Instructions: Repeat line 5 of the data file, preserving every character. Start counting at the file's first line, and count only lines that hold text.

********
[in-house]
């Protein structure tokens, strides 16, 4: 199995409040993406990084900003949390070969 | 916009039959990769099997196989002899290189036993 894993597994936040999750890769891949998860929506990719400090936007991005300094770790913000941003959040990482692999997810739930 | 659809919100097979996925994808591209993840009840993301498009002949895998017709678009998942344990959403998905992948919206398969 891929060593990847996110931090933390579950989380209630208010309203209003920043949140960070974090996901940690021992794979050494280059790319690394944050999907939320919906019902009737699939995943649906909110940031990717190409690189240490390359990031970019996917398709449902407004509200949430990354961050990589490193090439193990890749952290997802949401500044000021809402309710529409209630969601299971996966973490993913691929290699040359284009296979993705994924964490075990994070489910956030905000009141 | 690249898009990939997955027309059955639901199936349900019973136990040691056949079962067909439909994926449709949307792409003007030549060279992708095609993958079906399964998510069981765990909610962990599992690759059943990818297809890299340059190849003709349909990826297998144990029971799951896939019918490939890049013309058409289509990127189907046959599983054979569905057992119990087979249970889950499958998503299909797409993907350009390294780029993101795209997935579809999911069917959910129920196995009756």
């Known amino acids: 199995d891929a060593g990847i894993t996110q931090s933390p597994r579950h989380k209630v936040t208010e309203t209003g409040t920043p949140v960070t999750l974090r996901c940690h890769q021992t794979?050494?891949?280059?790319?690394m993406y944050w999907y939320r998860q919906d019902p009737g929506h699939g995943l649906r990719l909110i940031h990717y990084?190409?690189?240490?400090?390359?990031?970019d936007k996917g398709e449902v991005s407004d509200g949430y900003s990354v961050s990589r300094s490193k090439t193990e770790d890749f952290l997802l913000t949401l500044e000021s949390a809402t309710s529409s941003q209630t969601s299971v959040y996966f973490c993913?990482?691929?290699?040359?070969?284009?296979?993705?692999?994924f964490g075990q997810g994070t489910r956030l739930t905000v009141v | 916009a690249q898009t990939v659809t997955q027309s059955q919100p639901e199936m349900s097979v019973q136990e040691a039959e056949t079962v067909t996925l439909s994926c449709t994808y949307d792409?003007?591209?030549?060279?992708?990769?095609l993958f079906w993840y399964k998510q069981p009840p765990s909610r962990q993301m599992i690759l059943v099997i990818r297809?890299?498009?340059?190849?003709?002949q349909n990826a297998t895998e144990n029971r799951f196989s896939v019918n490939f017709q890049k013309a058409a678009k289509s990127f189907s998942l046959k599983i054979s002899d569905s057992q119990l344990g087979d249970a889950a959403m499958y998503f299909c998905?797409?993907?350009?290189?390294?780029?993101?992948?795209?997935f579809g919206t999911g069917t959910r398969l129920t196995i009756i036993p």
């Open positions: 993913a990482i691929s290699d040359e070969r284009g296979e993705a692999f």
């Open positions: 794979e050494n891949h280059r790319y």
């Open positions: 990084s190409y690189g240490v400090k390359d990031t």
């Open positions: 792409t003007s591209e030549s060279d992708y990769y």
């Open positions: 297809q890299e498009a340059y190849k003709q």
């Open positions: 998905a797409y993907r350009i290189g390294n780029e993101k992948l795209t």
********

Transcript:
């Open positions: 794979e050494n891949h280059r790319y």